This series of blog posts widens the focus on the impacts automation will have on overall employment in in Greater Minnesota, and in particular, West Central Minnesota. In part one, we examine the nature of the automation revolution and which economic sectors in Greater Minnesota are most vulnerable. Part two will explore the potential impact in more detail by comparing the amount of jobs across the key job sectors in the West Central region to employment in Minnesota as a whole. The final installment will explore key factors that affect the pace of automation adoption, as well as key rural traits, and suggests that automation will likely come more slowly to rural Minnesota, but that many small towns still may experience significant economic disruptions from automation.
Part 1: What’s Going On?
The Contrast: Recent Years of Job Creation & a Future of Job Destruction
Employment reports from both the national and state level have offered a steady stream of positive news in recent months. The May 2017 jobs report by the Bureau of Labor Statistics showed a national unemployment rate of just 4.3%, the lowest level in nearly 10 years, while the rate across Minnesota, according to the Department of Employment and Economic Development (DEED), has floated between 3.8% to 4.0% over the past two and one-half years. That said, it’s not all good news.
While this job expansion has continued, there has also been a steady stream of studies and news reports about the impending disruption in job creation created by the automation revolution—that is, new technologies in robotics, artificial intelligence (AI) and deep machine learning applied to the workplace. The tenor of reports about automation’s impact in the not-so-distant future range from quite optimistic—automation will fill the upcoming shortages in labor due to aging, or eliminate the most unpleasant and dangerous kinds of work—to downright apocalyptic—a robot “takeover” of high percentage of decent paying work, leaving careers for only the most skilled, adaptable and creative people.¹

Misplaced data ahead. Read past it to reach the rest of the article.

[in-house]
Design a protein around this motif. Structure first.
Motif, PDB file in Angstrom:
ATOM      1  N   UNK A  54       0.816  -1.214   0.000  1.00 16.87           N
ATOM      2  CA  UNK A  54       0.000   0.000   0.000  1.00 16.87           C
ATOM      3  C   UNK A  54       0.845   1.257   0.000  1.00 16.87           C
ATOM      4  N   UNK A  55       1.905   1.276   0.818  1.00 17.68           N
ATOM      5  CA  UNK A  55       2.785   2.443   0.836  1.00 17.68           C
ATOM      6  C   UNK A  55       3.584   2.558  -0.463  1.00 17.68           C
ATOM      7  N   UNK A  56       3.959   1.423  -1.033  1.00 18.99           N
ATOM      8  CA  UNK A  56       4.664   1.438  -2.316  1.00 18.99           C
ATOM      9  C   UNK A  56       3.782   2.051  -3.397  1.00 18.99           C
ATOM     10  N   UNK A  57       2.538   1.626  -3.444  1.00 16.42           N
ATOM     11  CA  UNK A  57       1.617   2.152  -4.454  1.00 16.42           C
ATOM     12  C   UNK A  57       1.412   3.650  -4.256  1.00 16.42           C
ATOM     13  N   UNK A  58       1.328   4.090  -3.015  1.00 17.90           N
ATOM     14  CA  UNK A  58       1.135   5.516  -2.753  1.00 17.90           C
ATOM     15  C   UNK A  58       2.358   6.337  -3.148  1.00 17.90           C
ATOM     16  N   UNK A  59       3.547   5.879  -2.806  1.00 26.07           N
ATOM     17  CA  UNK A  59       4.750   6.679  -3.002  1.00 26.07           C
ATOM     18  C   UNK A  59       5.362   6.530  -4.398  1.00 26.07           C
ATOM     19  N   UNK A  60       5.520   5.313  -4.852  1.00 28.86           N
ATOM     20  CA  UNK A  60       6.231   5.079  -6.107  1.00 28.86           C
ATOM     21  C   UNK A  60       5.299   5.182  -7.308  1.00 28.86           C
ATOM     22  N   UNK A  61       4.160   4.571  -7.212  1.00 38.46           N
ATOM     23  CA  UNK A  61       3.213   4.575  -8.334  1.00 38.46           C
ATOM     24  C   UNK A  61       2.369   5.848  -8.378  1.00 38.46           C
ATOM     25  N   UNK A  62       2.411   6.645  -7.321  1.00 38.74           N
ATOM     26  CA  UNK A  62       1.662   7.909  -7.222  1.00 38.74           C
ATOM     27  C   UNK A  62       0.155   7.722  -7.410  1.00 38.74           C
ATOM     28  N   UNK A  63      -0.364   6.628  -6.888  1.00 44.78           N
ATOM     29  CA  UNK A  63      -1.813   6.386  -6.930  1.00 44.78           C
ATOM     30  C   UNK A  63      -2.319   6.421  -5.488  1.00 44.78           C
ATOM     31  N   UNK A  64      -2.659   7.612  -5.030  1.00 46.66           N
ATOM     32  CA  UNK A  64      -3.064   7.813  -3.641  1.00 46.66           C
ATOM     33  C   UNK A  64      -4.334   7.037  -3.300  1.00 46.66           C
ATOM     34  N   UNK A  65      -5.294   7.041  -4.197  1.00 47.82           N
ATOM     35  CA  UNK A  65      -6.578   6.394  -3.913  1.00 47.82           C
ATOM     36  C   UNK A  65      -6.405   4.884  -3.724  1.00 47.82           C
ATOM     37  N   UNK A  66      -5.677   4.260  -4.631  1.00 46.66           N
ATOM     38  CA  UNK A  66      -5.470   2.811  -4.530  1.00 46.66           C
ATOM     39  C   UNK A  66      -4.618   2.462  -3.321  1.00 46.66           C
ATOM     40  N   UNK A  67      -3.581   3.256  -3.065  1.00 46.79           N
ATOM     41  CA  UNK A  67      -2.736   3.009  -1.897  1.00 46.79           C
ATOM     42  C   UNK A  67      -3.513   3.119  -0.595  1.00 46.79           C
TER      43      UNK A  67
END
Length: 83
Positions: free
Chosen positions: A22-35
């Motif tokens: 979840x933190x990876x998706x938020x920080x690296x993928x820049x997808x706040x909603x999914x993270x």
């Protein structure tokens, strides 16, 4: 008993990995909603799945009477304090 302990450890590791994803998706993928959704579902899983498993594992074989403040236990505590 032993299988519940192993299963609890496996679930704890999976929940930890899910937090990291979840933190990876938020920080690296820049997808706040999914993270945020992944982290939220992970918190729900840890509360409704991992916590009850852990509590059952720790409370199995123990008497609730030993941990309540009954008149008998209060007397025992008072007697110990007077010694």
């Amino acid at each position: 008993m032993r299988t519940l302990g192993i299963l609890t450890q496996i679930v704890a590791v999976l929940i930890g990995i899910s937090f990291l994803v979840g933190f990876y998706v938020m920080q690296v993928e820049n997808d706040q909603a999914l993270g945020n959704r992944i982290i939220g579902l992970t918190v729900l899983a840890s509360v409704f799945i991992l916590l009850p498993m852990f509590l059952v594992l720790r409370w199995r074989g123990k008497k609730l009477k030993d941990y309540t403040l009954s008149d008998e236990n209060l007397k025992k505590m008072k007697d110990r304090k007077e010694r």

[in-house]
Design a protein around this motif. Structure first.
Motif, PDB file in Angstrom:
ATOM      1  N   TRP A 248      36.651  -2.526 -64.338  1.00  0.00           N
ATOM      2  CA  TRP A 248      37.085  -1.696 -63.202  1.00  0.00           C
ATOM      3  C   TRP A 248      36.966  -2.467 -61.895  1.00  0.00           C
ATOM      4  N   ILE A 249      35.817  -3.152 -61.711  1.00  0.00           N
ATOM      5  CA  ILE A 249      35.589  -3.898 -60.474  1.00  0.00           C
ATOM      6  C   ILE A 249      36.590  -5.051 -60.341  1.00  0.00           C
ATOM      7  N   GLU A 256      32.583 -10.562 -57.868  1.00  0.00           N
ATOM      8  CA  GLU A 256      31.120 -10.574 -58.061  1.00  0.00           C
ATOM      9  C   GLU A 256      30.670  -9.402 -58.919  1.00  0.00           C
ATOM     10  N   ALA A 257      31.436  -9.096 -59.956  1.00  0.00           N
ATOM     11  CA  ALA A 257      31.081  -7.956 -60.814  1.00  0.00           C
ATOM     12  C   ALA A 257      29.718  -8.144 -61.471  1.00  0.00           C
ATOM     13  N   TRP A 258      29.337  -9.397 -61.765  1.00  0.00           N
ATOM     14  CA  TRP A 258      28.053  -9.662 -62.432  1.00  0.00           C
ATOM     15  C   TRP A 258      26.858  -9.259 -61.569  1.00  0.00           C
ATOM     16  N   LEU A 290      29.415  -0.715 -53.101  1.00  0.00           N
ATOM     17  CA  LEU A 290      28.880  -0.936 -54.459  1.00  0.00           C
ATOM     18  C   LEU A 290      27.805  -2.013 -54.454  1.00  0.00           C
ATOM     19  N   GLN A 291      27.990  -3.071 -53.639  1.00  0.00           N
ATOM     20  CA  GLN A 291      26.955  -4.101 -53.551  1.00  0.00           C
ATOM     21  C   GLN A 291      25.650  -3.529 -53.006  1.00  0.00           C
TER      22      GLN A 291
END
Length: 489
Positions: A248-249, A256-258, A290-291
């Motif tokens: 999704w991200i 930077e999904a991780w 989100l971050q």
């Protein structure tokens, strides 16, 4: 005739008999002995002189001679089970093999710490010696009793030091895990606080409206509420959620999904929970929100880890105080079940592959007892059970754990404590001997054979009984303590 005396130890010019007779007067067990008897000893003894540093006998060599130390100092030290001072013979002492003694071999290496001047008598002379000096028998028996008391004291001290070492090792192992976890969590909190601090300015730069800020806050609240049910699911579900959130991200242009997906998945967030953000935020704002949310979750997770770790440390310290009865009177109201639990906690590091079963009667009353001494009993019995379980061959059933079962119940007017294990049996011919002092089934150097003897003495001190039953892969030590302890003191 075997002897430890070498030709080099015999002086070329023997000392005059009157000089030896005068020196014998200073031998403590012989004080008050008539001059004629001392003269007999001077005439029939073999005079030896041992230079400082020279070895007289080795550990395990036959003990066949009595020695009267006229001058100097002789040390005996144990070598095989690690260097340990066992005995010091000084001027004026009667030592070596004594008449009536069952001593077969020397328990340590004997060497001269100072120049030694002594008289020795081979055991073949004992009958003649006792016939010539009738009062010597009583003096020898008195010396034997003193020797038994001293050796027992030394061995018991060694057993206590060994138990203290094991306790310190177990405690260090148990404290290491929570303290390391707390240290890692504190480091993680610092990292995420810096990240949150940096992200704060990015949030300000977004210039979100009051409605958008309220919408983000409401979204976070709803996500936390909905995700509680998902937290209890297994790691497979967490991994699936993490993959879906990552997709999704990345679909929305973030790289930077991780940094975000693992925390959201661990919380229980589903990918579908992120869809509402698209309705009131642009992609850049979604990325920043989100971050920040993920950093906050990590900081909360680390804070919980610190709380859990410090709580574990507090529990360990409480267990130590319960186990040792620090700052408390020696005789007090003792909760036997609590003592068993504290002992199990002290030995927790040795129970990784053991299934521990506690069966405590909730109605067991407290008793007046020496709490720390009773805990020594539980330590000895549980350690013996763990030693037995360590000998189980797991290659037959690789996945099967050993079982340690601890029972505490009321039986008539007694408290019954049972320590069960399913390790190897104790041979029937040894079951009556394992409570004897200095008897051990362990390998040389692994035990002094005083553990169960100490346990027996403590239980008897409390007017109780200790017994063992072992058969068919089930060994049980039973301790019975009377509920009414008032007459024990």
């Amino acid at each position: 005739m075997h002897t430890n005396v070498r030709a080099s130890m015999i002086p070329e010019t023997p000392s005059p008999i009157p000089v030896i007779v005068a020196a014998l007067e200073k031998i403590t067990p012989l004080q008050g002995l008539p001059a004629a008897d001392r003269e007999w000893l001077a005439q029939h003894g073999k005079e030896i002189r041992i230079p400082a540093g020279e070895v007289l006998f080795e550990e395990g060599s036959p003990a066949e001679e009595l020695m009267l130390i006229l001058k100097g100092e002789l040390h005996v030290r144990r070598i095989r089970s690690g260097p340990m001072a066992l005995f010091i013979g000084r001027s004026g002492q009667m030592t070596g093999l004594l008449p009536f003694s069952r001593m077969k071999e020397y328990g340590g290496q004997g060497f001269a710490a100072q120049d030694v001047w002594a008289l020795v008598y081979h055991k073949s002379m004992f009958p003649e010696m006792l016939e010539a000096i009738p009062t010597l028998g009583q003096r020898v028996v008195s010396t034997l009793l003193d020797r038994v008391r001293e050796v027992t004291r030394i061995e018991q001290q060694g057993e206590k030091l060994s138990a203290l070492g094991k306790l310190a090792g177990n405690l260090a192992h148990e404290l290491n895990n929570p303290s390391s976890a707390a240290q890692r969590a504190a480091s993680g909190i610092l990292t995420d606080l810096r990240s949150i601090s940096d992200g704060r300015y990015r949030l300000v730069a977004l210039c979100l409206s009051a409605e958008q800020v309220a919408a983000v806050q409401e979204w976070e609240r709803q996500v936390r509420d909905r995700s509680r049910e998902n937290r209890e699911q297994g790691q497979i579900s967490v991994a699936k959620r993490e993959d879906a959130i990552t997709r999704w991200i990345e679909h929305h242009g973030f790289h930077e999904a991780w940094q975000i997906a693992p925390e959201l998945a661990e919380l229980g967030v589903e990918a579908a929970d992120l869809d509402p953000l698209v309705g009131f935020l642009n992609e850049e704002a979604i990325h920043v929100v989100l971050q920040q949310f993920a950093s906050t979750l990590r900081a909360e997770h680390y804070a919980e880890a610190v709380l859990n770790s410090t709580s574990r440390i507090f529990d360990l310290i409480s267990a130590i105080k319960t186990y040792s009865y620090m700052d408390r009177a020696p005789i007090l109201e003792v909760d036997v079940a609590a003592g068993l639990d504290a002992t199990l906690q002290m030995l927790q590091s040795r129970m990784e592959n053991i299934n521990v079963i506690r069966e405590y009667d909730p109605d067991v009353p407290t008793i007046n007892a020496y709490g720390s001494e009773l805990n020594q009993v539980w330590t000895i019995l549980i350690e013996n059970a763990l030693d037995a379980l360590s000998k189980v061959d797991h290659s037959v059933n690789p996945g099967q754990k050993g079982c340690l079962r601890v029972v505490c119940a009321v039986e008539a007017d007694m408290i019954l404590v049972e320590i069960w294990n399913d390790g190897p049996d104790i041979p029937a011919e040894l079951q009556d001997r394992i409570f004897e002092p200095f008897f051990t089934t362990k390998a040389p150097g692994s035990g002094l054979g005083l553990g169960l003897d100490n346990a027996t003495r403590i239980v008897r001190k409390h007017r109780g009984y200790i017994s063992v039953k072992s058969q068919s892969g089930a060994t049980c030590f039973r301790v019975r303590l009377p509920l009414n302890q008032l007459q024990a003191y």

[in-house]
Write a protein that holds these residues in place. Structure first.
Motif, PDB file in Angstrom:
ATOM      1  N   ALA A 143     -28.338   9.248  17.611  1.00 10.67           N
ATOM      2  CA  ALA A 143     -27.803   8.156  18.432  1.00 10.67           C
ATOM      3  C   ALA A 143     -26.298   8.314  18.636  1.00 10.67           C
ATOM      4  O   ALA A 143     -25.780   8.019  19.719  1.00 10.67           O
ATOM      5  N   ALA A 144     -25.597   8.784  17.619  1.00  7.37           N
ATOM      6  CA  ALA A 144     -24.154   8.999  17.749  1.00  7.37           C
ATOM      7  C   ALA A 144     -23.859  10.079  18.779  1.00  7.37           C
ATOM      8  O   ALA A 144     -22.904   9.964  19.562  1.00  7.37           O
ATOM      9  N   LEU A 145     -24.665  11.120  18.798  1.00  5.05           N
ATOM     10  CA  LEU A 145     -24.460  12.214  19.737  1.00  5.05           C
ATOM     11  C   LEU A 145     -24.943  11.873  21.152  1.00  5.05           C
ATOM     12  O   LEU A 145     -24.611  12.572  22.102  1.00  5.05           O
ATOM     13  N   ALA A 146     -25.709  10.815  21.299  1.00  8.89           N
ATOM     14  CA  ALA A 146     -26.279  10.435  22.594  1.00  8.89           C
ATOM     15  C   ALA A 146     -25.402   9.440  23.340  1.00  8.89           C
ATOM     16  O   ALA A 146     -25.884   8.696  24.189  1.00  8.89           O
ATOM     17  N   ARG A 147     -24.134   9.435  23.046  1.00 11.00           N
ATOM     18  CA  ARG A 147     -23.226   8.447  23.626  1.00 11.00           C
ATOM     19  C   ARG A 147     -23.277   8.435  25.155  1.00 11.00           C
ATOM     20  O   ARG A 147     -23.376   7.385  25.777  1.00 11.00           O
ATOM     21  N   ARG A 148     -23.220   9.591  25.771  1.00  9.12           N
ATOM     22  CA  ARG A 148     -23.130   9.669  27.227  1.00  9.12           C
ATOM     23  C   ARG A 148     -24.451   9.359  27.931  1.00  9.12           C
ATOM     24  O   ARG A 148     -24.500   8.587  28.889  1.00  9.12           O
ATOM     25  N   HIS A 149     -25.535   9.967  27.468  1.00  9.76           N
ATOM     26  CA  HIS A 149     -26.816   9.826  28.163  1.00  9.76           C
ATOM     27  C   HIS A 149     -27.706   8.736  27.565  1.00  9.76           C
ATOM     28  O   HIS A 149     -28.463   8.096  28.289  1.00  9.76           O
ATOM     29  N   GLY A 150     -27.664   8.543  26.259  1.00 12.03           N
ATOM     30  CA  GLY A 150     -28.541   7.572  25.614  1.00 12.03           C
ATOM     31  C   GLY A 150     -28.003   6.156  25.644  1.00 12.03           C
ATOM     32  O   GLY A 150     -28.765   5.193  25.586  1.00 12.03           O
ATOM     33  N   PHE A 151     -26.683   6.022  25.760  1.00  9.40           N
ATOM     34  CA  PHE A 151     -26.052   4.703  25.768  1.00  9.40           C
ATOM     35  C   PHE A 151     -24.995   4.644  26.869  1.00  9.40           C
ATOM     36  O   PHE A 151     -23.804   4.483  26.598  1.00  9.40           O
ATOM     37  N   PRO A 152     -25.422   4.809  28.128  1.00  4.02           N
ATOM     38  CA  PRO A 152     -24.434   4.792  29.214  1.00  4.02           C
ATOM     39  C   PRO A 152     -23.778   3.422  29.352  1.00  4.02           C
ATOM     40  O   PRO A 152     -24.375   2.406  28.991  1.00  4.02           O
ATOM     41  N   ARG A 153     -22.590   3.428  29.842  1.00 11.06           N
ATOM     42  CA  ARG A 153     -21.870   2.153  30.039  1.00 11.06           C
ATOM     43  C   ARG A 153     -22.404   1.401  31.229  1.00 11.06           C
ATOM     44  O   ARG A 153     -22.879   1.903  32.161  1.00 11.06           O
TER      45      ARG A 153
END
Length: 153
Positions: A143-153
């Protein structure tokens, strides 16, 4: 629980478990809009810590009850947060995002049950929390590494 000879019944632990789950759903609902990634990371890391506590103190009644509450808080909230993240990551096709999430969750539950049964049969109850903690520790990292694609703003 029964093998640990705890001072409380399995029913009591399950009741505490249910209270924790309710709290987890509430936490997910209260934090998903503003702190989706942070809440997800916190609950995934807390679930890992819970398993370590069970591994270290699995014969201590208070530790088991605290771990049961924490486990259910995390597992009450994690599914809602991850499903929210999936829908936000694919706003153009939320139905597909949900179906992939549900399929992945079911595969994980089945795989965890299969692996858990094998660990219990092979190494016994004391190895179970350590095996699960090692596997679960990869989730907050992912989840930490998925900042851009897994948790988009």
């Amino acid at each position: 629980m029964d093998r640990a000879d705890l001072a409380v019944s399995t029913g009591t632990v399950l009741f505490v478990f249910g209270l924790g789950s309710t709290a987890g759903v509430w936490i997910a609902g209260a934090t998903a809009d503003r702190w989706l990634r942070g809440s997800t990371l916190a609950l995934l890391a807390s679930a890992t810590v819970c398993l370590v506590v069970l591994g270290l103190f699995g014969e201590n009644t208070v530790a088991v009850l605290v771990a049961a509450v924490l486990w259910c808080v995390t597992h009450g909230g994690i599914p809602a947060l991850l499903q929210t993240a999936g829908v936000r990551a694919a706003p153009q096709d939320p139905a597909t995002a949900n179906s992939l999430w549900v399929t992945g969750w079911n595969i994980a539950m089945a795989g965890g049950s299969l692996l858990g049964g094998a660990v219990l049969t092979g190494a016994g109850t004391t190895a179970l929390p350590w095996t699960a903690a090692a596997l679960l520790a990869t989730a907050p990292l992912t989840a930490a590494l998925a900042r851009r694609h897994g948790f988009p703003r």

Despite the enormous attention given to this automation revolution, news reporting and research studies relevant to Greater Minnesota and all rural areas has been limited to the farming and mining industries, which constitute only a small fraction of all rural jobs.² This series of posts will explore some of the way that the automation revolution may affect Greater Minnesota.
What is the Automation Revolution?
One can think of the automation revolution as the increasingly rapid adoption of advanced technology in the workplace, primarily for the purpose of making jobs tasks more efficient and less reliant on human input.
Automation, and it’s disruptive effects, have a very long history. Textile workers, notably the Luddites of England, rebelled against new weaving machines in the early Industrial Revolution. Mechanized farm equipment replaced labor in the US beginning in the 1830s. Cars and trucks displaced horses by the 1910s, and early mainframe computers replaced human computers in the 1960s. But the rapid economic and productivity growth in the 19th and 20th century meant that most displaced workers eventually found work in other jobs and sectors.
In the 21st century, automation centers upon advances in computer and software capability. The McKinsey Global Institute’s extensive analysis of automation across work sectors, titled A Future that Works: Automation, Employment & Productivity, focuses on current technologies in three areas that will alter many kinds of work: 1) robotics, in which machines conduct specific, often repetitive tasks as often found in factory production; 2) artificial intelligence software that fully operates existing machines like vehicles; and 3) machine learning, in which the software design allows the programs themselves to learn, adjust and improve the performance of tasks (as seen in Skype’s language translation software).
We are now living the initial phase of the current revolution. Robotics and artificial intelligence have already impacted several sectors, including mining, data collection and data processing, taxi and limo services, mass media and retail sales.³
The central argument of technological futurists is that these technologies will impact far more areas of work and more deeply than previous mechanical advances. For example, the arrival of self-driving vehicles alone will deeply impact overall US employment across multiple sectors. Roughly 2.7 million Americans, mostly male, now earn a living driving light or heavy trucks, while about 380,000 drive taxis, limos and public transit vehicles (and are already under siege from ride-sharing software), and another 600-700 thousand people drive school buses, specialty vehicles or are self-employed drivers.
Jobs vs. Job Tasks